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Arch Gynecol Obstet. 2018 Apr;297(4):837-846. doi: 10.1007/s00404-018-4673-0. Epub 2018 Jan 22.

The use of PIPAC (pressurized intraperitoneal aerosol chemotherapy) in gynecological oncology: a statement by the "Arbeitsgemeinschaft Gynaekologische Onkologie Studiengruppe Ovarialkarzinom (AGO-OVAR)", the Swiss and Austrian AGO, and the North-Eastern German Society of Gynaecologic Oncology.

Author information

Charité Universitätsmedizin Berlin, Berlin, Germany.
University Hospital of Zurich, Zürich, Switzerland.
Kliniken Essen-Mitte, Essen, Germany.
University Hospital Basel, Basel, Switzerland.
Medical University Innsbruck, Innsbruck, Austria.
University Hospiatl Bern, Bern, Switzerland.
Medical University of Vienna, Vienna, Austria.
Medical University of Graz, Graz, Austria.
University Hospital Dresden, Dresden, Germany.
Charité Universitätsmedizin Berlin, Berlin, Germany.



Ovarian, tubal, and peritoneal carcinomas primarily affect the peritoneal cavity, and they are typically diagnosed at an advanced tumor stage (Foley, Rauh-Hain, del Carmen in Oncology (Williston Park) 27:288-294, 2013). In the course of primary surgery, postoperative tumor residuals are, apart from the tumor stage, the strongest independent factors of prognosis (du Bois, Reuss, Pujade-Lauraine, Harter, Ray-Coquard, Pfisterer in Cancer 115:1234-1244, 2009). Due to improved surgical techniques, including the use of multi-visceral procedures, macroscopic tumor clearance can be achieved in oncological centers, in most cases (Harter, Muallem, Buhrmann et al in Gynecol Oncol 121:615-619, 2011). However, to date, it has not been shown that peritoneal carcinomatosis is, per se, an independent factor of prognosis or that it excludes the achievement of tumor clearance. Several studies have shown that a preceding drug therapy in peritoneal carcinomatosis could positively influence the overall prognosis (Trimbos, Trimbos, Vergote et al in J Natl Cancer Inst 95:105-112, 2003). In relapses of ovarian carcinoma, studies have shown that peritoneal carcinomatosis is a negative predictor of complete tumor resection; however, when it is possible to resect the tumor completely, peritoneal carcinomatosis does not play a role in the prognosis (Harter, Hahmann, Lueck et al in Ann Surg Oncol 16:1324-1330, 2009).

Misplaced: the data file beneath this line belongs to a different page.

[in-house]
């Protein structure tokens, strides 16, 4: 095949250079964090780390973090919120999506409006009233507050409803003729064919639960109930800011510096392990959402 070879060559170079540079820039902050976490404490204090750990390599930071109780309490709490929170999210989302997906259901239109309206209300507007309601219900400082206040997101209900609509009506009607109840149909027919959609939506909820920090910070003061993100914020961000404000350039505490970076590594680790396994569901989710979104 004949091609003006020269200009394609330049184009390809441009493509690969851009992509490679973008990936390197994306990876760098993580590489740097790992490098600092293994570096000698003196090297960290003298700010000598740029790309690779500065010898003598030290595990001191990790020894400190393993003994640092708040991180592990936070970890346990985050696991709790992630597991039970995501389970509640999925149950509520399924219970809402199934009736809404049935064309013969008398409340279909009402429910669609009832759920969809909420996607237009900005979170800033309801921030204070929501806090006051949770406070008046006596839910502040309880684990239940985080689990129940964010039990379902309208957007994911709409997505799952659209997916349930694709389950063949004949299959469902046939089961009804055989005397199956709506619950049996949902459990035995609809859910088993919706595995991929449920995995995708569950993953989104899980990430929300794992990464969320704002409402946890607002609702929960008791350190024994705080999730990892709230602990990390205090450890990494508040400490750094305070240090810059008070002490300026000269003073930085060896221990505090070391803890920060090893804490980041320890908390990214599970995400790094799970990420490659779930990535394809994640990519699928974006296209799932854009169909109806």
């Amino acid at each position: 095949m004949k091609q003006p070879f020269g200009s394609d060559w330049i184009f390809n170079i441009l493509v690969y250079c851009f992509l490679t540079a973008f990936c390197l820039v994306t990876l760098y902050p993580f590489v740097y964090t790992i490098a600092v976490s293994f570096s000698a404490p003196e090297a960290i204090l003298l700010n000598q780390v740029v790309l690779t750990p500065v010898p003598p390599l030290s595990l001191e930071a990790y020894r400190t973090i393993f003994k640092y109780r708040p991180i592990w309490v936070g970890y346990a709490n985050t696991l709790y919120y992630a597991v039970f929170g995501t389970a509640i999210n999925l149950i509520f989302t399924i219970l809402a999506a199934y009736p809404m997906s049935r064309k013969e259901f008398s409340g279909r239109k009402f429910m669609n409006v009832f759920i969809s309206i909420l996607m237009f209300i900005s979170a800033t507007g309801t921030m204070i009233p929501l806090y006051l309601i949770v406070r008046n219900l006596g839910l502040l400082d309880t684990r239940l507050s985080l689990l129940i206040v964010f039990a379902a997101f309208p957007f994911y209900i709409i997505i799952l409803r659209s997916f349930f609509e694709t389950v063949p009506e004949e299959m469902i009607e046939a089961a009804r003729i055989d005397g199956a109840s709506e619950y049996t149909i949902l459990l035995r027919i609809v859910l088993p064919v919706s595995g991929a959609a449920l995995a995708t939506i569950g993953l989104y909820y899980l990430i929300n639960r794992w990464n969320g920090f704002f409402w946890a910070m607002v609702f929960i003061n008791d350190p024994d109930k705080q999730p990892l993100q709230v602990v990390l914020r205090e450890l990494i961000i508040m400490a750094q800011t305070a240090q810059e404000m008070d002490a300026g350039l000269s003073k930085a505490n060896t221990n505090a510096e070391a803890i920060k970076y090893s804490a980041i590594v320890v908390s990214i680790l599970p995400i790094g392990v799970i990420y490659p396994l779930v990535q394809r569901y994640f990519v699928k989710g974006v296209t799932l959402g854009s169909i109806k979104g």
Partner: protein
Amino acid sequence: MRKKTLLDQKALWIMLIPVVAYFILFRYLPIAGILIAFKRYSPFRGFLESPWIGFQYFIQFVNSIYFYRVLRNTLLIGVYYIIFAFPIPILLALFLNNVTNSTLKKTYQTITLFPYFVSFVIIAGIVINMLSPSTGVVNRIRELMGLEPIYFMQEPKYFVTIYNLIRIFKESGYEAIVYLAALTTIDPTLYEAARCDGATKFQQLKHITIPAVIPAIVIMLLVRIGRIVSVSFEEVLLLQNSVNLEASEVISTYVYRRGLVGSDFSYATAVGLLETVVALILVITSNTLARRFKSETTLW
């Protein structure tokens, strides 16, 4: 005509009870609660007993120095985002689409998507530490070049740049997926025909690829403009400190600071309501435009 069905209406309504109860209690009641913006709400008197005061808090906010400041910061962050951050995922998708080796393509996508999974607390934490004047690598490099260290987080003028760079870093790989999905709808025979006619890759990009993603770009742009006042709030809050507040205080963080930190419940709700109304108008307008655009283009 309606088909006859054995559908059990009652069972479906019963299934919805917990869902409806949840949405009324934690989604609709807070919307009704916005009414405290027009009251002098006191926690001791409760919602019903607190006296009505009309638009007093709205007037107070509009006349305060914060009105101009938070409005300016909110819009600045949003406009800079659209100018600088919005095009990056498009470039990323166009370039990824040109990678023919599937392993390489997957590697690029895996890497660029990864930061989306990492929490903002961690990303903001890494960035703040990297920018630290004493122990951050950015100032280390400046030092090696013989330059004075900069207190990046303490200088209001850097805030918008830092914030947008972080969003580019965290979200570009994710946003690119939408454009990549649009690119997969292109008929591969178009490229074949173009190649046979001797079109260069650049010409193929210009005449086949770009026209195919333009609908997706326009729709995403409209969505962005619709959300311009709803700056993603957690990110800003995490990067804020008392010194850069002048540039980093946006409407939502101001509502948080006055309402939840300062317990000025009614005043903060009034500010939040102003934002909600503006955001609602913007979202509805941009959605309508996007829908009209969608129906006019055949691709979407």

PIPAC is a highly experimental method for treating patients with ovarian, tubal, and peritoneal cancer. To date, only three studies have investigated a total of 184 patients with peritoneal carcinomatosis (Grass, Vuagniaux, Teixeira-Farinha, Lehmann, Demartines, Hubner in Br J Surg 104:669-678, 2017). Only some of those studies were phase I/II studies that included PIPAC for patients with different indications and different cancer entities. It is important to keep in mind that the PIPAC approach is associated with relatively high toxicity. To date, no systematic dose-finding studies have been reported. Moreover, no studies have reported improvements in progression-free or overall survival associated with PIPAC therapy.


Randomized phase III studies are required to evaluate the effect of this therapy compared to other standard treatments (sequential or simultaneous applications with systemic chemotherapy). In cases of ovarian, tubal, and peritoneal cancer, PIPAC should not be performed outside the framework of prospective, controlled studies.


Chemotherapy; Ovarian cancer; PIPAC; Peritoneal cancer; Therapy; Tubal cancer

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